It all blows up when you watch the IFTAS

explode

It all blows up when you watch the IFTAS

This weekend I learned just how traumatic staying over at someone else’s house can be.

It was meant to be a relaxing weekend, one full of sleep and creativity. Instead it somehow turned into copious amounts of wine, biting and a taunting blow up bed.

The aforementioned mayhem had that extra dimension due to the fact it all took place at my boyfriend’s house, a quagmire of potential faux pas and mishaps as it is. When I arrived it was obvious some drinking had taken place and I joined them in the pub. Due to a deadline for a family dinner, given with the sternest of warnings, we navigated our way our way out of there after one swift drink.

Once at dinner the wine glasses kept getting topped up. Gravy slopped and slipped, jokes shot out with boomerang efficiency and dessert time came. The sugar perked everyone up, particularly the younger contingent of nieces and nephews that along with a saccharine rush realised that in only 10 hours they would be on a plane with gadgets to enjoy and their parents in a confined space to torture. After a lot of jumping and goodbyes they left with a hassled looking mum with an encyclopedia of ‘things to do’ ahead of her.

Down to four we moved into the lounge and waited for the IFTAS. I usually avoid these award shows full of backslapping and overzealous praise, but as my boyfriend plans to be up for one of them next year I watched in the vein of support. Collectively we groaned; at the bad singing, stumbled introductions sped through like a nervous child rather than as an accomplished actor in a lead TV series and at the plethora of black dresses (this was mainly me really) that made me feel like I was watching a live funeral. It was a desperately awkward version of the Oscars with calipers and bottle-top thick glasses.

While all of this exuberant berating was going on we kept drinking. Bottles ran out and others appeared. Now I am not complaining about this fact. Wine is great, particularly as an accompaniment to giving out to the television, but some were drinking more than others. There was some indication of this throughout as I felt a pair of teeth biting me intermittently. No it wasn’t the dog, but my ‘getting drunker’ boyfriend who thought the pain infliction and impending ‘owww’ was hilarious.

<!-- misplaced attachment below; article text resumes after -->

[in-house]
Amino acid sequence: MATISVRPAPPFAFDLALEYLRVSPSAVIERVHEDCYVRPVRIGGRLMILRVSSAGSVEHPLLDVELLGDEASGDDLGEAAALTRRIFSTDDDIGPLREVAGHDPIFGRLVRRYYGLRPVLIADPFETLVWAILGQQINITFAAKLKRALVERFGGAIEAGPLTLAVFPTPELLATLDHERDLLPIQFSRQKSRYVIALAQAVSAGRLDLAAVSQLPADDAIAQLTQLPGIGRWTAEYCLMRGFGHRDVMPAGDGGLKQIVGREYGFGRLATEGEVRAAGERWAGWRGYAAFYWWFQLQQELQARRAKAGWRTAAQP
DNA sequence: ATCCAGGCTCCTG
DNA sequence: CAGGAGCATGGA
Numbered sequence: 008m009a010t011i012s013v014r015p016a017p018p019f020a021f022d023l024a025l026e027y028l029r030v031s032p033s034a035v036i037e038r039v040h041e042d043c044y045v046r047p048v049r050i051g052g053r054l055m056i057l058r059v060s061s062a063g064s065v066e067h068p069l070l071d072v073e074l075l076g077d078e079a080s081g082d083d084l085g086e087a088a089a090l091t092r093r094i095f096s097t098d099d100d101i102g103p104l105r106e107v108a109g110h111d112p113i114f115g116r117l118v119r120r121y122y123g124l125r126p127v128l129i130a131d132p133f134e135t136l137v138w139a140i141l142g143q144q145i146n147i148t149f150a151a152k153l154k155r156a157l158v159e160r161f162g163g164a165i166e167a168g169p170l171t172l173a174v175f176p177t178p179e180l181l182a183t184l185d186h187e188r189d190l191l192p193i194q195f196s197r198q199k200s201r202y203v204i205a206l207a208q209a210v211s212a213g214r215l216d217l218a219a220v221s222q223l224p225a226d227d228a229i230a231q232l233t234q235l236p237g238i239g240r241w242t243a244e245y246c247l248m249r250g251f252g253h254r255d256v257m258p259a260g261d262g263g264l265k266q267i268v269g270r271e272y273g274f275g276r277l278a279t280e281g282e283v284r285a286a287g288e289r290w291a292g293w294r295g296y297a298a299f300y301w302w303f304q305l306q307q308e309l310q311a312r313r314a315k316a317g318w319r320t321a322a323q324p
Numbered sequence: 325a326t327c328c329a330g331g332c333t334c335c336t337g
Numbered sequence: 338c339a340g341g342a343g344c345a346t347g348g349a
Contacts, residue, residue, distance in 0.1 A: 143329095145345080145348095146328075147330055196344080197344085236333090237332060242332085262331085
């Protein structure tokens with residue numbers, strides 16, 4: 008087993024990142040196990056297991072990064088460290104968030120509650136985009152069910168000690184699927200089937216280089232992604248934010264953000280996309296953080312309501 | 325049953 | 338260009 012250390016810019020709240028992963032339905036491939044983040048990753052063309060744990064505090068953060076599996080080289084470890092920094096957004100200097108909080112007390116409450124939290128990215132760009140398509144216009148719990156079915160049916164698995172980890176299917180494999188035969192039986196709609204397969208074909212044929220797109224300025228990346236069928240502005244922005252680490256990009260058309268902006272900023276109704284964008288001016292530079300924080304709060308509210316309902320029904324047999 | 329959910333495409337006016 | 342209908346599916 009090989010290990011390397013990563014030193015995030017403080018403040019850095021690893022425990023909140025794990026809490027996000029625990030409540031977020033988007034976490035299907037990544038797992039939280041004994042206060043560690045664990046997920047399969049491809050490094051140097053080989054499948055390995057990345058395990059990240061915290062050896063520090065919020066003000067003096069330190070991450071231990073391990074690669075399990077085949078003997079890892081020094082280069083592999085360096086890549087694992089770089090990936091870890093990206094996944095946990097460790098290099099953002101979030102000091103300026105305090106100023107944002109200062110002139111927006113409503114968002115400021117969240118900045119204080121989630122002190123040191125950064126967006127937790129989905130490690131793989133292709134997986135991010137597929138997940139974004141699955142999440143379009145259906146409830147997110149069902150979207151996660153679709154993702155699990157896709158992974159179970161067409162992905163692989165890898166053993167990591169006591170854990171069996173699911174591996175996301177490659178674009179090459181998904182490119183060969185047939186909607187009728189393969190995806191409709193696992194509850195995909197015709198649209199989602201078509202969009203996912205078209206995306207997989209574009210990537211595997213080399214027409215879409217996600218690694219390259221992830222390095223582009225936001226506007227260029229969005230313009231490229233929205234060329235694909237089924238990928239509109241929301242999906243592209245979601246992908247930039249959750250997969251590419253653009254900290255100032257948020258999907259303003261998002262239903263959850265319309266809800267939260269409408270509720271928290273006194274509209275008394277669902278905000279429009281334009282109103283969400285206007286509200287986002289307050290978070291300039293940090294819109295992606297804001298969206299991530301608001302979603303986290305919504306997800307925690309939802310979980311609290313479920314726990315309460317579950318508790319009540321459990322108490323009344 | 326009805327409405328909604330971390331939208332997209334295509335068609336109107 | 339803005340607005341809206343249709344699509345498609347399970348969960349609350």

By the end of the awards he had turned into a gnashing child accompanied by waving arms and a screech that must have made the hard of hearing turn their aids down. The only real option was bed, which he stumbled to on his own. The getting in wasn’t the hard part, but the getting undressed. I proceeded to peel off his clothes, which is a difficult job when laughing hysterically while being looked at with slanted eyes and a grin. He fell asleep immediately as I tried to block out the vibrations of snoring in my ear.

At some point, when light was getting ready to creep up on the sky I woke up. Something felt strange and claustrophobic. I turned to find his body pressed against mine.

“What’s going on?”

“I dunno.”

We were stuck together in a sandwich. During the night amongst our twists and turns the blow up bed had given up. While some air remained in pockets at the edges the rest was flat, a blue surround of felt and plastic cupped around us. And our reactions? Well we just lay there and moaned. We discussed the options of couch or bed next door provided his brother hadn’t come home and was already in it. What commenced was a battle of wills and energy. I prodded and coerced for him to move while he did his best to avoid all persuasion. The bed rolled as we tried to, air pushed around us like water around a dinghy. Finally we both gave in and crawled out of the deflated venus trap – on all fours, across the carpet. Out in the hallway we listened at the room (with the possible free bed) next door.

“Anything?”

I shook my head and leaned in closer seeking out breathing, snoring, an exhalation of any kind.

“Just go in!”

“Why me?”

“He’s your brother.”

“He’s probably not even there.”

“Well go in then.”

With a sigh he relented and pushed the door open slowly. It was like we were waiting for a prize to be revealed on a game show.

“Empty.”

Together we plodded and slipped under the covers. It was bouncy and air free. He fell asleep again quickly as if the pillow encouraged narcolepsy. I lay there staring at the ceiling, positive I could hear the heckle of that damn bed in a low hiss.

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